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BRAMA, Jan 20, 2007, 1:00 am ET

Historic landmark church endangered
by Olenka Z. Pevny, PhD.

Scholar fears preservation of Church of St. Cyril in Kyiv, Ukraine, is compromised.

On January 11, 2007 published a report by Dr. Olenka Z. Pevny regarding the threat to the preservation Ukraine's most important 12th century monument - the Church of St. Cyril of Alexandria in Kyiv. Below is an update on the situation from Dr. Pevny, who continues to receive information regarding developments in Ukraine.

"St. Cyril teaches in the cathedral"
Fresco, 12th c.

Church of St. Cyril
Kyiv, Ukraine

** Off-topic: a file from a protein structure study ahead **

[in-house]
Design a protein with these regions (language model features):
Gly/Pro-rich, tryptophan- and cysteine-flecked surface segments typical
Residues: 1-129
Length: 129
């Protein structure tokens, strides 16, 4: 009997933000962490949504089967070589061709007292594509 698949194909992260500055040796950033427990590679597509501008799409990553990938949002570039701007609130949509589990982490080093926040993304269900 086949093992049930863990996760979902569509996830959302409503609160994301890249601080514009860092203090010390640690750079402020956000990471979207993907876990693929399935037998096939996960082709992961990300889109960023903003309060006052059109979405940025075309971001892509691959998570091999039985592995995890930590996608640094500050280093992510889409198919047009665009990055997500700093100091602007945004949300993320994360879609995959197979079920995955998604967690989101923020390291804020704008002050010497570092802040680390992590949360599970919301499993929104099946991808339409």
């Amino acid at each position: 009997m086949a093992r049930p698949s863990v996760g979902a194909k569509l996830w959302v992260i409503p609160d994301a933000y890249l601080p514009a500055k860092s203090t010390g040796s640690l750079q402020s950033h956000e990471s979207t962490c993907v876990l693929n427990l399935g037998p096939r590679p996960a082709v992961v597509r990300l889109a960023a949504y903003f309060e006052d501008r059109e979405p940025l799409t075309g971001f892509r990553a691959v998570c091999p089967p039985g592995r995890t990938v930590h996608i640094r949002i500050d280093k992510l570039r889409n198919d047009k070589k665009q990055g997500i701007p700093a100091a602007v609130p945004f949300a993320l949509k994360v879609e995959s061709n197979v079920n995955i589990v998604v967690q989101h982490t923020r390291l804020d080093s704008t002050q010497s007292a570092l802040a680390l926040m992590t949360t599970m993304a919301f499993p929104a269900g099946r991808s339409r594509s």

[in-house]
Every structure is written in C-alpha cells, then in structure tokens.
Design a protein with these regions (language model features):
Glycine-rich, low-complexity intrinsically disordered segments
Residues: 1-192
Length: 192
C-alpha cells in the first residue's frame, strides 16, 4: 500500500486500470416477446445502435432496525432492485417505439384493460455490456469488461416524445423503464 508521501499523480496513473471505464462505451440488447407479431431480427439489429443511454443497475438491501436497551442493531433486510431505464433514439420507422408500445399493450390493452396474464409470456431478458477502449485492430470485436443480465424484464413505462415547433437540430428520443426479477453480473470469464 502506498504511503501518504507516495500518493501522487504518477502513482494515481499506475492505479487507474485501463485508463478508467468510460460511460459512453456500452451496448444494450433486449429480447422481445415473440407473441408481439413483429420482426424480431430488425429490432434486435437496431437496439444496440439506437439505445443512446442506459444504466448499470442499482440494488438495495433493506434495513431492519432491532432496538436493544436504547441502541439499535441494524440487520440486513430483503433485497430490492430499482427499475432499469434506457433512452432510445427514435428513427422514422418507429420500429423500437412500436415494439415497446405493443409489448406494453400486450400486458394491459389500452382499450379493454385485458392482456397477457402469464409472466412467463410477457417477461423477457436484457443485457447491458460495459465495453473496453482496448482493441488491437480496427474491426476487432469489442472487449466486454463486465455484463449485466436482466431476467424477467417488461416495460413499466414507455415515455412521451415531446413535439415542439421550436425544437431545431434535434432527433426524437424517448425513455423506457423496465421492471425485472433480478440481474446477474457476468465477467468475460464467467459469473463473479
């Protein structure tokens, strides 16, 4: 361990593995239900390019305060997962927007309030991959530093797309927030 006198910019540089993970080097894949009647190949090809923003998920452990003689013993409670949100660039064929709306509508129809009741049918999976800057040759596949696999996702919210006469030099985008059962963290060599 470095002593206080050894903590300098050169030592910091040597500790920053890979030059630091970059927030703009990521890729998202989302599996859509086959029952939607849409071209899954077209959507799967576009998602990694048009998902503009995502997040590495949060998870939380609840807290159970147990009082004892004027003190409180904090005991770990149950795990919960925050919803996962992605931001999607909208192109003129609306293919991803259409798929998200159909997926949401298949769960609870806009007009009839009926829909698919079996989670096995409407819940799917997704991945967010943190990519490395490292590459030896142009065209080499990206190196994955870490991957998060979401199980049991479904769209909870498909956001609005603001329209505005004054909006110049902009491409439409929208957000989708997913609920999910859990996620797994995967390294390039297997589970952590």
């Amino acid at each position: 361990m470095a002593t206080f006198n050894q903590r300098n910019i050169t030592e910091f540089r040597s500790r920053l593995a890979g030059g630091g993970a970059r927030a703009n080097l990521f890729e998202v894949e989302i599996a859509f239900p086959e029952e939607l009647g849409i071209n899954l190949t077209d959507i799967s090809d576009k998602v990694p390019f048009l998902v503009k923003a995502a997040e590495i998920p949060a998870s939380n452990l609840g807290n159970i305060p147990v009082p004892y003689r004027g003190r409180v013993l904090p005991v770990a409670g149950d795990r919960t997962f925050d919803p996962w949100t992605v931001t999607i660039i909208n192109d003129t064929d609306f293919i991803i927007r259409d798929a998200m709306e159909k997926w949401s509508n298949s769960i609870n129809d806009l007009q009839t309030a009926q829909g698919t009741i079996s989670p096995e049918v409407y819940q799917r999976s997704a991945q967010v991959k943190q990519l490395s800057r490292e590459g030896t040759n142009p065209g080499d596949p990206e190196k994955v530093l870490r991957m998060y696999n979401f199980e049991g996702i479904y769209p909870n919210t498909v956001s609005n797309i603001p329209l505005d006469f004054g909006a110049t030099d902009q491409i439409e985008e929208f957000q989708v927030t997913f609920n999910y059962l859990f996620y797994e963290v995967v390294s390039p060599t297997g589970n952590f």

The Church of St. Cyril (the Kyrylivs'ka tserkva) is a monumental princely foundation of the Kyivan Rus' period. It is part of the National Preserve of the St. Sofia Cathedral that falls under the jurisdiction of the Ministry of Building and Housing and Communal Services of Ukraine. It is the only 12th century monument in all of Ukraine to preserve medieval frescoes and it is one of two monuments in all East Slavic lands that has preserved significant sections of medieval painting (the other monument being the Church of the Savior in the Mirozh Monastery in Pskov, Russia). After the Cathedral of St. Sofiia, the Church of St. Cyril of Alexandria and its frescoes is the second most important medieval monument in Ukraine. It is also the only Byzantine Orthodox monument to preserve a depiction of the life cycle of St. Cyril of Alexandria.